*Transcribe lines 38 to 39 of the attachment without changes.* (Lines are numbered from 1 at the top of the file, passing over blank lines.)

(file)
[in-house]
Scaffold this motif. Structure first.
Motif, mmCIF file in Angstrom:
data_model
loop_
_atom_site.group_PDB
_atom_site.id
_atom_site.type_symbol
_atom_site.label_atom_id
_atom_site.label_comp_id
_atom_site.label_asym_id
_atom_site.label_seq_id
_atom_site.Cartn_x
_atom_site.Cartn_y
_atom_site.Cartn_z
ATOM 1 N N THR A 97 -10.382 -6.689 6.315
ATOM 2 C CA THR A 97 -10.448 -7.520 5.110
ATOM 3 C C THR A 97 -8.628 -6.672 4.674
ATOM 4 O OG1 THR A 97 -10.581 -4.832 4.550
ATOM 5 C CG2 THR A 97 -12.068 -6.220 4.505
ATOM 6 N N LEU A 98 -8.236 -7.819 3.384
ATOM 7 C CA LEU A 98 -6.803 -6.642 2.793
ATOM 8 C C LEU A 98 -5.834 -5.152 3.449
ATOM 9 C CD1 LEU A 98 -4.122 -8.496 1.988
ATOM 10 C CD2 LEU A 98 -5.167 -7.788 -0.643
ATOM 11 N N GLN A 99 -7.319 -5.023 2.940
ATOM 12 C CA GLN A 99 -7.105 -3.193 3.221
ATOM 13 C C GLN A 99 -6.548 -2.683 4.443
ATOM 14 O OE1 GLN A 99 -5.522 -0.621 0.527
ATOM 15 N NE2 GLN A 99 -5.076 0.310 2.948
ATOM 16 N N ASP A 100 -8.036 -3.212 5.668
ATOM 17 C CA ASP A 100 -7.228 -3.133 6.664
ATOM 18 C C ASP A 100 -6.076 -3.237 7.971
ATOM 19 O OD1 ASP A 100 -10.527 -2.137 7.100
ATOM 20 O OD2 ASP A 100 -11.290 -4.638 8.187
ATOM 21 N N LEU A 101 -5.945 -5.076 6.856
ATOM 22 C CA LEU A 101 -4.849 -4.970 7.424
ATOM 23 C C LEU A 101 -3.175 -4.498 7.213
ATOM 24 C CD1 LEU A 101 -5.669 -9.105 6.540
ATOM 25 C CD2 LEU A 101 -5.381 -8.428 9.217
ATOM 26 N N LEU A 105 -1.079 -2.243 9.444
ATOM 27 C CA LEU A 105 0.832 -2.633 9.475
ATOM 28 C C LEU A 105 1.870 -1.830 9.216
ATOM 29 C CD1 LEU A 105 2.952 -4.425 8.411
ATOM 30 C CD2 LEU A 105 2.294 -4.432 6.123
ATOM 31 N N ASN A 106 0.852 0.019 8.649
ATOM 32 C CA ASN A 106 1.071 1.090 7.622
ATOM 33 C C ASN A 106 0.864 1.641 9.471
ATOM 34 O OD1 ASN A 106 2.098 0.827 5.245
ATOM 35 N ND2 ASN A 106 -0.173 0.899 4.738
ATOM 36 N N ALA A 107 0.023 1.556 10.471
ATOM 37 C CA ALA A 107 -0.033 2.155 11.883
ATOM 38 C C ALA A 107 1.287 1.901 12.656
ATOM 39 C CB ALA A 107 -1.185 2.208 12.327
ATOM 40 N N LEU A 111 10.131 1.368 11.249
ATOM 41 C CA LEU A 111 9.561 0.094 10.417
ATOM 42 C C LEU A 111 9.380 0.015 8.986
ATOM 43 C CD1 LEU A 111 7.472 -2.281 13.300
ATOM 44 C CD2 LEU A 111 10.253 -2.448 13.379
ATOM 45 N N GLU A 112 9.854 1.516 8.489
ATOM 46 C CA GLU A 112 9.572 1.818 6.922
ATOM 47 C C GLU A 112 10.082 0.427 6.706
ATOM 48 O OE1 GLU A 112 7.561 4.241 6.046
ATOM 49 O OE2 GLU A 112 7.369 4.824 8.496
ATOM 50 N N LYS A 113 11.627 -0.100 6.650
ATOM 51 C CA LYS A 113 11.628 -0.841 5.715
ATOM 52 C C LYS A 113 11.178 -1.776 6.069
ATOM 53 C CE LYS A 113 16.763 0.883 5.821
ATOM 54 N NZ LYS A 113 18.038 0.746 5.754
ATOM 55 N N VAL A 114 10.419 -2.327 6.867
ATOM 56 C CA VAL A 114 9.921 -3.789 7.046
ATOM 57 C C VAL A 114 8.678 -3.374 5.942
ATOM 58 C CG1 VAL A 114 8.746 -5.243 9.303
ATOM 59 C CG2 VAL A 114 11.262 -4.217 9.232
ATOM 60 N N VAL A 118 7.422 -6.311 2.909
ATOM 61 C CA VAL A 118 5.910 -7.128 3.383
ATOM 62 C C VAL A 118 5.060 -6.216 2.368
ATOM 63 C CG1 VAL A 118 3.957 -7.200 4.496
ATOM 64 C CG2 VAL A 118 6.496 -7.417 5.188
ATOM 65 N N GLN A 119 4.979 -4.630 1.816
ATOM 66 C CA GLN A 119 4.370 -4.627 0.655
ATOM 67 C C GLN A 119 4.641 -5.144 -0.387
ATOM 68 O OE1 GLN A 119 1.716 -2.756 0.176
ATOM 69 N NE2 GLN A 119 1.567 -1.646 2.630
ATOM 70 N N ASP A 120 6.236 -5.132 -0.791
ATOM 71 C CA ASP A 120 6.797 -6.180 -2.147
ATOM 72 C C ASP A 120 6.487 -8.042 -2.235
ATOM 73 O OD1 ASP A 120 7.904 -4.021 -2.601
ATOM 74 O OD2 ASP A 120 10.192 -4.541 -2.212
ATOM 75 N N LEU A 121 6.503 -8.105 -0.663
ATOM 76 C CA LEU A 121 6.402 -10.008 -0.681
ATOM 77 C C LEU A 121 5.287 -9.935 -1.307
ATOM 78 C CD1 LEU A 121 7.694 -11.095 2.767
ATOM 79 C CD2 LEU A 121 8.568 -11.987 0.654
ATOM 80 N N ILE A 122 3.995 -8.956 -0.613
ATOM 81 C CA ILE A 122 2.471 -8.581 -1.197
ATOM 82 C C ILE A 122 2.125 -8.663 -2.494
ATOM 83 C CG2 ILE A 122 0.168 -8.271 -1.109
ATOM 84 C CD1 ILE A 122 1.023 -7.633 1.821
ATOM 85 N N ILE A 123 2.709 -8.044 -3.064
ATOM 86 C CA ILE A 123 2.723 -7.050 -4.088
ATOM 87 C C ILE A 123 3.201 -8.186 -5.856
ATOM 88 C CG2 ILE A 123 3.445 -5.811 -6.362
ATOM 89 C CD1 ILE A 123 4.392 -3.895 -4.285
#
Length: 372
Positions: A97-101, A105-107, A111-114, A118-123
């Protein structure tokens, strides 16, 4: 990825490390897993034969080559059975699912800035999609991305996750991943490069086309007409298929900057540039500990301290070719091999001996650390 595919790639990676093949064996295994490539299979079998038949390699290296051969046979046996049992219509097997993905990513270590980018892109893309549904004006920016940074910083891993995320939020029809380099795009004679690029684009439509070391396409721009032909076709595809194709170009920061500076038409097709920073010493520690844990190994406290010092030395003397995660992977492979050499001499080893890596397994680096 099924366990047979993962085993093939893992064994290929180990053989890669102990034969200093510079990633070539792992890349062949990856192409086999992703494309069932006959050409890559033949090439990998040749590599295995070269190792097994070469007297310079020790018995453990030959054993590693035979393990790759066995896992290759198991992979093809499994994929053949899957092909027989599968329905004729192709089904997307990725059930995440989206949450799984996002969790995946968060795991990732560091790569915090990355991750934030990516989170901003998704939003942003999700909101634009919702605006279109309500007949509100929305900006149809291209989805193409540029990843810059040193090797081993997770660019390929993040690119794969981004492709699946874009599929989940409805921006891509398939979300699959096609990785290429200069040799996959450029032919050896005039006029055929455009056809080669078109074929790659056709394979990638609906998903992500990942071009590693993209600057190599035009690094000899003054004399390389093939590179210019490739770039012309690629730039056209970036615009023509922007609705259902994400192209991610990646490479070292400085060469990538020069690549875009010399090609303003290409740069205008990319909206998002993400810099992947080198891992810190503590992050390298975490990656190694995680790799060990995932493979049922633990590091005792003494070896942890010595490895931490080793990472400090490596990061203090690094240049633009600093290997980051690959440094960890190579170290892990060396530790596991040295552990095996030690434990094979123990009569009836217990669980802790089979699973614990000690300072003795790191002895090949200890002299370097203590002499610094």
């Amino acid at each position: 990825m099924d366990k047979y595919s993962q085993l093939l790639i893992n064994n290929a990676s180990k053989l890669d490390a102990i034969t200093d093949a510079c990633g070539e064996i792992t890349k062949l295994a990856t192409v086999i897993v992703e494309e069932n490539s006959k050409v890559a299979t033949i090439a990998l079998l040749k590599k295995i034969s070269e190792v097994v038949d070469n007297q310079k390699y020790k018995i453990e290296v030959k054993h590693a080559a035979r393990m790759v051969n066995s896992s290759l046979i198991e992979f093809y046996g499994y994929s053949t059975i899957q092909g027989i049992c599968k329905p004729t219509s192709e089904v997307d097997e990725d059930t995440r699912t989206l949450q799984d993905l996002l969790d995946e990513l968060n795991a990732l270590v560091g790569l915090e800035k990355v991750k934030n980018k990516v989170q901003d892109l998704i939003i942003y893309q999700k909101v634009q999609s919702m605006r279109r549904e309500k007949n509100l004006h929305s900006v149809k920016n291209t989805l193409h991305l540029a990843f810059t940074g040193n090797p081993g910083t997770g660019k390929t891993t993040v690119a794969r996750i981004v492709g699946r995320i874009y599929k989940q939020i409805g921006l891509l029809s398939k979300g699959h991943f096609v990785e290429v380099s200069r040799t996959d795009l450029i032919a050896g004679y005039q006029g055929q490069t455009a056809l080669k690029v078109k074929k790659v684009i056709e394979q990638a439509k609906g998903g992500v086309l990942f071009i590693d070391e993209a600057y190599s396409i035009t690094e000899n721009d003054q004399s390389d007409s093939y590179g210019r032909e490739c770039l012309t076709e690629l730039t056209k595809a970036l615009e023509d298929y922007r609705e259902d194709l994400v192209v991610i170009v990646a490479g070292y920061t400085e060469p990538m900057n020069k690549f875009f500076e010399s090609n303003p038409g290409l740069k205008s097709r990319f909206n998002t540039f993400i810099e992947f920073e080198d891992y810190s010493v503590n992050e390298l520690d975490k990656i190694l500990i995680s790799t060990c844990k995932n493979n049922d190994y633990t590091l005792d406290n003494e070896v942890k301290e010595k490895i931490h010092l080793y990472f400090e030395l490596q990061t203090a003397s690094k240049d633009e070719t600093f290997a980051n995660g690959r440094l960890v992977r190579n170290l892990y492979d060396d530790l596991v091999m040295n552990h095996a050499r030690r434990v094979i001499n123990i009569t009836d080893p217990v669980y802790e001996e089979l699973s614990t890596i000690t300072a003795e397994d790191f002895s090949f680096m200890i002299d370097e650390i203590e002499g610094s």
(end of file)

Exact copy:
ATOM 23 C C LEU A 101 -3.175 -4.498 7.213
ATOM 24 C CD1 LEU A 101 -5.669 -9.105 6.540